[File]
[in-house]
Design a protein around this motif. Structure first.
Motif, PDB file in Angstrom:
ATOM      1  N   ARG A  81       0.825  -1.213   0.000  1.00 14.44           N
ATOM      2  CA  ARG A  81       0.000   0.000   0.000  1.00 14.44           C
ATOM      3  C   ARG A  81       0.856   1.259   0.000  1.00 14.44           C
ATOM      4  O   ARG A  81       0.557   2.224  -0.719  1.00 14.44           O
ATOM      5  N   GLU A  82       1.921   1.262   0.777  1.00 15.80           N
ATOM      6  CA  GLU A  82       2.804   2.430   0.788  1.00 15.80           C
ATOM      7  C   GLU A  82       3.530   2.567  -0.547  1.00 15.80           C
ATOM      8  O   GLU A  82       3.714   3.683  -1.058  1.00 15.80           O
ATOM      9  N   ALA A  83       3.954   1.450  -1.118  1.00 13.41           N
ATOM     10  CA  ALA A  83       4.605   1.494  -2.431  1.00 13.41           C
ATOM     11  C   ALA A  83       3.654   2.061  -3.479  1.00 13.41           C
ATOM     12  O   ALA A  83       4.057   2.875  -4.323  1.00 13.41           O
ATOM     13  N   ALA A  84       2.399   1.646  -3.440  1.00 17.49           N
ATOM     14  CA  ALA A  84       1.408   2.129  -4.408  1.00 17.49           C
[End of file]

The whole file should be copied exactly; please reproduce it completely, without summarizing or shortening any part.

[in-house]
Design a protein around this motif. Structure first.
Motif, PDB file in Angstrom:
ATOM      1  N   ARG A  81       0.825  -1.213   0.000  1.00 14.44           N
ATOM      2  CA  ARG A  81       0.000   0.000   0.000  1.00 14.44           C
ATOM      3  C   ARG A  81       0.856   1.259   0.000  1.00 14.44           C
ATOM      4  O   ARG A  81       0.557   2.224  -0.719  1.00 14.44           O
ATOM      5  N   GLU A  82       1.921   1.262   0.777  1.00 15.80           N
ATOM      6  CA  GLU A  82       2.804   2.430   0.788  1.00 15.80           C
ATOM      7  C   GLU A  82       3.530   2.567  -0.547  1.00 15.80           C
ATOM      8  O   GLU A  82       3.714   3.683  -1.058  1.00 15.80           O
ATOM      9  N   ALA A  83       3.954   1.450  -1.118  1.00 13.41           N
ATOM     10  CA  ALA A  83       4.605   1.494  -2.431  1.00 13.41           C
ATOM     11  C   ALA A  83       3.654   2.061  -3.479  1.00 13.41           C
ATOM     12  O   ALA A  83       4.057   2.875  -4.323  1.00 13.41           O
ATOM     13  N   ALA A  84       2.399   1.646  -3.440  1.00 17.49           N
ATOM     14  CA  ALA A  84       1.408   2.129  -4.408  1.00 17.49           C